There are different timelines for how long your bankruptcy will take depending on what type of case you file, a Chapter 7 or Chapter 13 bankruptcy. When meeting with our efficient and dedicated Miller & Miller Bankruptcy attorneys, we can answer your specific questions. However, below is a summary of what to expect.
Your timeline will begin when you first file your petition with the Bankruptcy court. However, there are a few restrictions that may apply prior to filing that are important. These include:
- You must be a resident in the state for at least 90 days prior to filing.
- You must obtain certified credit counseling no earlier than 180 days prior to filing.
- If you have ever filed a Chapter 7 before, you must wait 8 years from the date of your case was filed before you can file again.
- If you have filed a Chapter 13 previously, you may be eligible to file 2 years after your first case was filed.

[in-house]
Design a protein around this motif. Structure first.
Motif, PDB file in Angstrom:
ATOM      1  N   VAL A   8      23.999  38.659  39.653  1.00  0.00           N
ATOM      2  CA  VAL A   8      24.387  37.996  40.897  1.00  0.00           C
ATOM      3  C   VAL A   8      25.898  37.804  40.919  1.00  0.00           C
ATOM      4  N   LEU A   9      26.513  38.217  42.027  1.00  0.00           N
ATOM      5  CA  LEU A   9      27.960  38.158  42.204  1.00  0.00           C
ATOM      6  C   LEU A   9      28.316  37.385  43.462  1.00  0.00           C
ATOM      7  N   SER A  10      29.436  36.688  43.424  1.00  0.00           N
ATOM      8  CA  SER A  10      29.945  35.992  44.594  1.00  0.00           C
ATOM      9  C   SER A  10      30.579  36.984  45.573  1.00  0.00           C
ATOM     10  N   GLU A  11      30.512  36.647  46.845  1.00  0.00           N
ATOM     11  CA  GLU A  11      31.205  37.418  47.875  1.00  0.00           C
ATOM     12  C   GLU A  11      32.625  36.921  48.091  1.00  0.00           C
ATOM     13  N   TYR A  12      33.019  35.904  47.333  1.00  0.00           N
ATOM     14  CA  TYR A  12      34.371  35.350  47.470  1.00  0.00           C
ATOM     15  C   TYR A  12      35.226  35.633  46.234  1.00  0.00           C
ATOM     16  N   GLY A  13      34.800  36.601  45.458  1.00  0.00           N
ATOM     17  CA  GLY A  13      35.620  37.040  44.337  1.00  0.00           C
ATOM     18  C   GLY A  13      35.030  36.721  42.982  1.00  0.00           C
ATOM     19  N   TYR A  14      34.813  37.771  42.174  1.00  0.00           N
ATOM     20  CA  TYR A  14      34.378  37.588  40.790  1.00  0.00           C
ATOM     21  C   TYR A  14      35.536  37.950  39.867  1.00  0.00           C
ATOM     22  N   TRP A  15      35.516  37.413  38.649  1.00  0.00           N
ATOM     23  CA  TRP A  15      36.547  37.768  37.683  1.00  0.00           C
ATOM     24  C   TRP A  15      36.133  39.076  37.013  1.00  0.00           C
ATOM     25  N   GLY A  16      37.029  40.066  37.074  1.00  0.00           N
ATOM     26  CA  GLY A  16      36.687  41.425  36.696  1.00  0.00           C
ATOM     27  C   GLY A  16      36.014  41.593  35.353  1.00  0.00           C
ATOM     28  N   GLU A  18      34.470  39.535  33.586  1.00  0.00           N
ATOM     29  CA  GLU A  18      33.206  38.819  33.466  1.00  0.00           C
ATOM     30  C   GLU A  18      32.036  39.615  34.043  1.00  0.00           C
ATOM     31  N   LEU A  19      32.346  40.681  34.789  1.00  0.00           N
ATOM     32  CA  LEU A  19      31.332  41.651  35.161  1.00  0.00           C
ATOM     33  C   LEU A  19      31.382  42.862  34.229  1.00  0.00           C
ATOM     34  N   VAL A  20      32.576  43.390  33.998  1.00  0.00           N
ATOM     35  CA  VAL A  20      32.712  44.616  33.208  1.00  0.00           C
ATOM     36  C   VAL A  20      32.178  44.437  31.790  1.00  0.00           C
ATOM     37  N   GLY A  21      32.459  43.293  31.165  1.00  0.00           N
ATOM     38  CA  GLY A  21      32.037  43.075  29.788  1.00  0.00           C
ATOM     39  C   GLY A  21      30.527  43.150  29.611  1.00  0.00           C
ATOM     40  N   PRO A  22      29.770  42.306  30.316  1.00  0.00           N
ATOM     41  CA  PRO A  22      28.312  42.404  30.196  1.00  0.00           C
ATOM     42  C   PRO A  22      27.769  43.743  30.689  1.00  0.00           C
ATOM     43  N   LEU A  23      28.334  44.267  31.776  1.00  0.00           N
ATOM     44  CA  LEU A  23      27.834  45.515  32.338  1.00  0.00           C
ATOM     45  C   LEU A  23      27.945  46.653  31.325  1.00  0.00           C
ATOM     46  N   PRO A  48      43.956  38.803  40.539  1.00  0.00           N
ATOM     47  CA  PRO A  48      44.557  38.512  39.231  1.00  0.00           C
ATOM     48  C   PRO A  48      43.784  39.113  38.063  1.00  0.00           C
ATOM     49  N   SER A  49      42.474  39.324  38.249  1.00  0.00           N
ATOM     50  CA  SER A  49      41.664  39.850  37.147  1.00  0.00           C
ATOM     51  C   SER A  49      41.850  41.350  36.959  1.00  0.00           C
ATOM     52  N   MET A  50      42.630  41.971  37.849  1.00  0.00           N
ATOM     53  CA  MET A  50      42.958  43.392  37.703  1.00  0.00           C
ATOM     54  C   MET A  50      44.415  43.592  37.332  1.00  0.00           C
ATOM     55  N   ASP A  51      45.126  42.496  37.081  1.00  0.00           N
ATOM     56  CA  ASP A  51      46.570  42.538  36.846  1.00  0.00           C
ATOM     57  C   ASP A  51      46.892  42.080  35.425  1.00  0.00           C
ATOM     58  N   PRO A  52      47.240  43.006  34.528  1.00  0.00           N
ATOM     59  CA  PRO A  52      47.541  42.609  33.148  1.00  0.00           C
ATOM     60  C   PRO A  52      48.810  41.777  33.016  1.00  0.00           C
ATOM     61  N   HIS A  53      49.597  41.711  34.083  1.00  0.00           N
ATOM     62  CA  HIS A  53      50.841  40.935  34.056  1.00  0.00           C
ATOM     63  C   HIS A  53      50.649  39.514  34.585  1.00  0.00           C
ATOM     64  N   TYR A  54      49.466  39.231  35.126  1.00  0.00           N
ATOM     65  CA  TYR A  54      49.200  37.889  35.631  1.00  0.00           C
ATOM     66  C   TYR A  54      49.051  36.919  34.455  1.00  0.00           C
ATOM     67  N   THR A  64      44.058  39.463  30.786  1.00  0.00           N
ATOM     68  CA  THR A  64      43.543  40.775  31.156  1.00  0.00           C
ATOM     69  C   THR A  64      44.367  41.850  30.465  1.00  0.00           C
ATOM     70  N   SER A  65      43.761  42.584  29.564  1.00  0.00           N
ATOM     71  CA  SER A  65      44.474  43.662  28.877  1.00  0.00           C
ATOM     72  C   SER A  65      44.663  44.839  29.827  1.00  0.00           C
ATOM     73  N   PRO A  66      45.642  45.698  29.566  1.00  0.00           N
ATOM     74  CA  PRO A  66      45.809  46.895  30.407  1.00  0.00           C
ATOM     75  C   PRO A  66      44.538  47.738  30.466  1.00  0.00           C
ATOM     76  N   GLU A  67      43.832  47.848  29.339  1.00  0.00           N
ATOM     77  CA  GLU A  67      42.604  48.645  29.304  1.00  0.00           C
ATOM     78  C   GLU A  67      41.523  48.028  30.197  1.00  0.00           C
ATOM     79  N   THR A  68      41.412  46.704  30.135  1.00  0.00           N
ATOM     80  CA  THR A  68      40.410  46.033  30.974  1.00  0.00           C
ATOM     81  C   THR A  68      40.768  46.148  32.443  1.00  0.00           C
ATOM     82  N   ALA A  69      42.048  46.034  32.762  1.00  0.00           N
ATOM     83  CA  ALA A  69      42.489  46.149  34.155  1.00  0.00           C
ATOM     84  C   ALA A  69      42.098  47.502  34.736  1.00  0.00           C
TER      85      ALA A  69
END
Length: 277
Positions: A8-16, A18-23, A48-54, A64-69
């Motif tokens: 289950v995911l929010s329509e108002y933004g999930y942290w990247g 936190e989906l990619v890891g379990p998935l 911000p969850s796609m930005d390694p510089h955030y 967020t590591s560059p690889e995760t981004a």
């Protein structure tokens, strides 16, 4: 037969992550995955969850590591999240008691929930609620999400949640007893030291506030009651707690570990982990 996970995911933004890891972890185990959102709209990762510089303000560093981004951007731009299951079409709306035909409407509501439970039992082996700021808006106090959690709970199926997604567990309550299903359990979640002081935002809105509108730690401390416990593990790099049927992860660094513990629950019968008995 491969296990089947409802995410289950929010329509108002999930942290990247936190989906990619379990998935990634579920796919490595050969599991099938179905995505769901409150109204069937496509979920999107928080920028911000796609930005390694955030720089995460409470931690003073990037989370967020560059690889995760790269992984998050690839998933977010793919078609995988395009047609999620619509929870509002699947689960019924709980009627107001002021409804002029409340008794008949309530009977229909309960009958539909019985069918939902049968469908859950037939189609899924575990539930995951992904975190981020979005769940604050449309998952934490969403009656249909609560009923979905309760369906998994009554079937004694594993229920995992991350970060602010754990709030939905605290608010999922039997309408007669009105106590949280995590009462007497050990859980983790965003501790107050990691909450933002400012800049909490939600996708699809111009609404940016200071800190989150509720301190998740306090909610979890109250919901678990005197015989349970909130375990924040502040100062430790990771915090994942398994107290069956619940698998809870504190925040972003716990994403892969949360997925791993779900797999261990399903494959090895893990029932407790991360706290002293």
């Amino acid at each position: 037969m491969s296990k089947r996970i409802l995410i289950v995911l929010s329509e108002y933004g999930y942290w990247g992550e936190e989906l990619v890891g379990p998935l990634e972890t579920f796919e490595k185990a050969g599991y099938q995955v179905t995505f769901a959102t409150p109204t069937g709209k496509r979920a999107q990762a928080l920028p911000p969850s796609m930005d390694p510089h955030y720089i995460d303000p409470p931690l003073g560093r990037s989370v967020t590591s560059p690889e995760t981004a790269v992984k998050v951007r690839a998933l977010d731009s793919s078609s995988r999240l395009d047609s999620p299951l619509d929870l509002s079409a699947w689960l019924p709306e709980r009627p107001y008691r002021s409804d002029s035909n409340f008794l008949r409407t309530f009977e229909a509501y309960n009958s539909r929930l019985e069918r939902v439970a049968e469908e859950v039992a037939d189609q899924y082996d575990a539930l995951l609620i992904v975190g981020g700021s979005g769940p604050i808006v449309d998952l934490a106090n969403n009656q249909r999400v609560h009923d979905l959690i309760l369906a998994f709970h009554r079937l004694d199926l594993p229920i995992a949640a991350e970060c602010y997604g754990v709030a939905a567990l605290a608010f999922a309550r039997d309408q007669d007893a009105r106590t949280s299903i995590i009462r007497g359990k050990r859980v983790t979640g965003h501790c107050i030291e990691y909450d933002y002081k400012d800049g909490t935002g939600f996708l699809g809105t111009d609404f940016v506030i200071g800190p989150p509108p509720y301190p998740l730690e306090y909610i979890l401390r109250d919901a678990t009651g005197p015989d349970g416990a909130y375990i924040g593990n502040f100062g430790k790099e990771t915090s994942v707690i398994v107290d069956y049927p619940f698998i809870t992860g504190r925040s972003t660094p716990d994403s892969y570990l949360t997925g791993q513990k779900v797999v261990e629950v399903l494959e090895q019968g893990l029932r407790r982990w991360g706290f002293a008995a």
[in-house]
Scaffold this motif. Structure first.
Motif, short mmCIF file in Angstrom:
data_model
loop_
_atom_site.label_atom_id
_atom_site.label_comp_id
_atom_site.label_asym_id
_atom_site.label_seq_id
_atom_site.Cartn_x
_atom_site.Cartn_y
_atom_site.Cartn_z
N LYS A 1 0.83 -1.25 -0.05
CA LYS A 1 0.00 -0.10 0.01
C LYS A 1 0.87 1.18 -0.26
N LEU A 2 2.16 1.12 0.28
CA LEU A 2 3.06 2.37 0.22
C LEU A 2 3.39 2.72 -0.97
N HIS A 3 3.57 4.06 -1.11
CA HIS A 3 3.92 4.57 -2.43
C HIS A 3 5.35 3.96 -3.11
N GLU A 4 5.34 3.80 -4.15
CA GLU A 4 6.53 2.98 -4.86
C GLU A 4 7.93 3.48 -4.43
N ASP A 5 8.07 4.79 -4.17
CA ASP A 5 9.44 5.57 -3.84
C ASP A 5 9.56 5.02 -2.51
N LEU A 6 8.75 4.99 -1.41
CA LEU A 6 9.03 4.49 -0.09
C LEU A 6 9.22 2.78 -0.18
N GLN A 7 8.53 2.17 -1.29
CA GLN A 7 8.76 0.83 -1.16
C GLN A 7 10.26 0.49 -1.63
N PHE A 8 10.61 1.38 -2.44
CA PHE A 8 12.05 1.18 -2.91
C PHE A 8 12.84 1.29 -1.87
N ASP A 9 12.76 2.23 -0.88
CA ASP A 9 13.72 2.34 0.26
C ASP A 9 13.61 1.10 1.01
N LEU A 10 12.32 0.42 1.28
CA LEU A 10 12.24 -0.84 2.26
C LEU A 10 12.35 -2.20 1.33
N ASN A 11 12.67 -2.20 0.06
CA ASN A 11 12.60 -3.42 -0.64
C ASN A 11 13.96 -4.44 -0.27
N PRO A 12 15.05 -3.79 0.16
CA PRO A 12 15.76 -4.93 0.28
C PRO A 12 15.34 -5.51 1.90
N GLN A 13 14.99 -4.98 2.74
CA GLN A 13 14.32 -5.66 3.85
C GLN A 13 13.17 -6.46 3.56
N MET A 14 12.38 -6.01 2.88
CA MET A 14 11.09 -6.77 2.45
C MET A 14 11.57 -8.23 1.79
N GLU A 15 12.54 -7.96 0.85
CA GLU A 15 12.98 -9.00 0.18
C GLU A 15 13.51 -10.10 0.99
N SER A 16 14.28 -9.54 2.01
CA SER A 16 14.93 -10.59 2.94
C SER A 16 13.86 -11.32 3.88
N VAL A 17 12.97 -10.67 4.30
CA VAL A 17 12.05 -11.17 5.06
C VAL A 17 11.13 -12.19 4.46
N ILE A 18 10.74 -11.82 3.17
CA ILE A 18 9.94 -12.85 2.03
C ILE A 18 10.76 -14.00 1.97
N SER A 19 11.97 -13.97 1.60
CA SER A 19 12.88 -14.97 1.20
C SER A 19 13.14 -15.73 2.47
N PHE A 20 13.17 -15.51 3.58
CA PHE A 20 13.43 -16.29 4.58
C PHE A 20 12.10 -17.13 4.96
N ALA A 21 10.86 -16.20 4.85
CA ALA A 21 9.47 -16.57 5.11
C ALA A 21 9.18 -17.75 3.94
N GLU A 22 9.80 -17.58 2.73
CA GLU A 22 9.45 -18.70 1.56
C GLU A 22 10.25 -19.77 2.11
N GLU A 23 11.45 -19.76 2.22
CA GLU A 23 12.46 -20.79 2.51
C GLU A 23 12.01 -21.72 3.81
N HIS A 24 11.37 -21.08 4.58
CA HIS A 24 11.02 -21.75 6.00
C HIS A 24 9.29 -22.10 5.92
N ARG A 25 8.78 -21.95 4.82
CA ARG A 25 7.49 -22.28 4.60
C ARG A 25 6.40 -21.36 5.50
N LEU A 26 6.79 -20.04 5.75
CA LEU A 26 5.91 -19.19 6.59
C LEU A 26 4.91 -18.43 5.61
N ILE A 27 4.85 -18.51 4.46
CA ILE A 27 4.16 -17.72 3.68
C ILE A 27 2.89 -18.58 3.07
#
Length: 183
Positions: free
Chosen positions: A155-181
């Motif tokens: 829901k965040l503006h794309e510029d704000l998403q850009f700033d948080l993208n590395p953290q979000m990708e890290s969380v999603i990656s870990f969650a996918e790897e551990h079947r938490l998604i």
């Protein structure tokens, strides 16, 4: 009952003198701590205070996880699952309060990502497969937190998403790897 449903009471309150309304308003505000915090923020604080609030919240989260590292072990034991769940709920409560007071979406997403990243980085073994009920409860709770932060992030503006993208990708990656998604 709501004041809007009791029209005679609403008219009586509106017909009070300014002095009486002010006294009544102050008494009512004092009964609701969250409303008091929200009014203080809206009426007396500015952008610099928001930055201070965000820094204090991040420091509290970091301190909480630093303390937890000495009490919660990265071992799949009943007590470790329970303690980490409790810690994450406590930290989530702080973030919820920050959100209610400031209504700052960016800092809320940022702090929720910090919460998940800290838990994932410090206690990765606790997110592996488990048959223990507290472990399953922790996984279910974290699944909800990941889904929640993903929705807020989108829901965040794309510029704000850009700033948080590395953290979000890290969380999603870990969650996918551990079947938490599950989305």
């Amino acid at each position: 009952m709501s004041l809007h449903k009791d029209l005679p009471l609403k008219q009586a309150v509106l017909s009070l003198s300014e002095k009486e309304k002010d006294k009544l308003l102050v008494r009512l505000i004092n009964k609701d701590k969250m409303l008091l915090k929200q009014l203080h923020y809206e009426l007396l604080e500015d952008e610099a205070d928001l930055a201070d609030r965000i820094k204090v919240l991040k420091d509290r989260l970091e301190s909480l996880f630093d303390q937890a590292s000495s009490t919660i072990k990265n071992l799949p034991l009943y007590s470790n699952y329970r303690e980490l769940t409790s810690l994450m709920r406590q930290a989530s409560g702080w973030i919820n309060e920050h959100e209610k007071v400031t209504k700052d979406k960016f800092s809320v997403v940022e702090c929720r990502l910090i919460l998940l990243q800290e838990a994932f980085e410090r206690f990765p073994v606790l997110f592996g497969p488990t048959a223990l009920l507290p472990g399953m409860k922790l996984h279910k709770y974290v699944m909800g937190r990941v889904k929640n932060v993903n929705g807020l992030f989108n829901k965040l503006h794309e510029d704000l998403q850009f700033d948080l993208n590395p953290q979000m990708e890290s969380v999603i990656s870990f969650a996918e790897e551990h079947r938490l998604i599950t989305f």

- If you filed for a Chapter 7 previously but now need to do a Chapter 13, you must wait at least 4 years from the date of your Chapter 7 was filed.
After filing, there are certain other actions that must be complied with within set time frames. They are as follows:
- Approximately 30 days after filing the court will hold a Meeting of Creditors with the Trustee who oversees your case.
- Government agencies having claims against you, such as IRS taxes, have 180 days from the date of your filing to provide proof of their tax claim.
- Approximately 90 days after filing for Chapter 7 your debts will be discharged and your bankruptcy will be finalized.
- 3 to 5 years after filing a Chapter 13 bankruptcy and having made your payments pursuant to your repayment plan, you will receive a formal discharge from the court. All eligible debts will be discharged at that point.
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